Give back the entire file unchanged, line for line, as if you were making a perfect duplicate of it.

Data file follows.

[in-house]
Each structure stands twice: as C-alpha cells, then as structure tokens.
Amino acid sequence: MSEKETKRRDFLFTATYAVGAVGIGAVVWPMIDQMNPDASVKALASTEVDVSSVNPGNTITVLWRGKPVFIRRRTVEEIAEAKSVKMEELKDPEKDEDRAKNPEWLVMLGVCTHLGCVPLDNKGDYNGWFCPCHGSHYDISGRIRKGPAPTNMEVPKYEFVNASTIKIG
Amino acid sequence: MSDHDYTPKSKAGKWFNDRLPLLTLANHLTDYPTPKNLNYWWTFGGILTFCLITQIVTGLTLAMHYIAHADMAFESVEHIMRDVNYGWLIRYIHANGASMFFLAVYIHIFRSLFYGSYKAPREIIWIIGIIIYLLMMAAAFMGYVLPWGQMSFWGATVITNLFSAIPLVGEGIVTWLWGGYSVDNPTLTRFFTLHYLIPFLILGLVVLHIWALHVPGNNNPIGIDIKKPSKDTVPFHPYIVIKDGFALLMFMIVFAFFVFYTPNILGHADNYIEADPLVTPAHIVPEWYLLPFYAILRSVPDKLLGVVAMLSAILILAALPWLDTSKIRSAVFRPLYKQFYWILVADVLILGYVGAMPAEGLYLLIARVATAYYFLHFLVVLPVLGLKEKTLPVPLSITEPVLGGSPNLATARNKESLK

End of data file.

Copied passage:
[in-house]
Each structure stands twice: as C-alpha cells, then as structure tokens.
Amino acid sequence: MSEKETKRRDFLFTATYAVGAVGIGAVVWPMIDQMNPDASVKALASTEVDVSSVNPGNTITVLWRGKPVFIRRRTVEEIAEAKSVKMEELKDPEKDEDRAKNPEWLVMLGVCTHLGCVPLDNKGDYNGWFCPCHGSHYDISGRIRKGPAPTNMEVPKYEFVNASTIKIG
Amino acid sequence: MSDHDYTPKSKAGKWFNDRLPLLTLANHLTDYPTPKNLNYWWTFGGILTFCLITQIVTGLTLAMHYIAHADMAFESVEHIMRDVNYGWLIRYIHANGASMFFLAVYIHIFRSLFYGSYKAPREIIWIIGIIIYLLMMAAAFMGYVLPWGQMSFWGATVITNLFSAIPLVGEGIVTWLWGGYSVDNPTLTRFFTLHYLIPFLILGLVVLHIWALHVPGNNNPIGIDIKKPSKDTVPFHPYIVIKDGFALLMFMIVFAFFVFYTPNILGHADNYIEADPLVTPAHIVPEWYLLPFYAILRSVPDKLLGVVAMLSAILILAALPWLDTSKIRSAVFRPLYKQFYWILVADVLILGYVGAMPAEGLYLLIARVATAYYFLHFLVVLPVLGLKEKTLPVPLSITEPVLGGSPNLATARNKESLK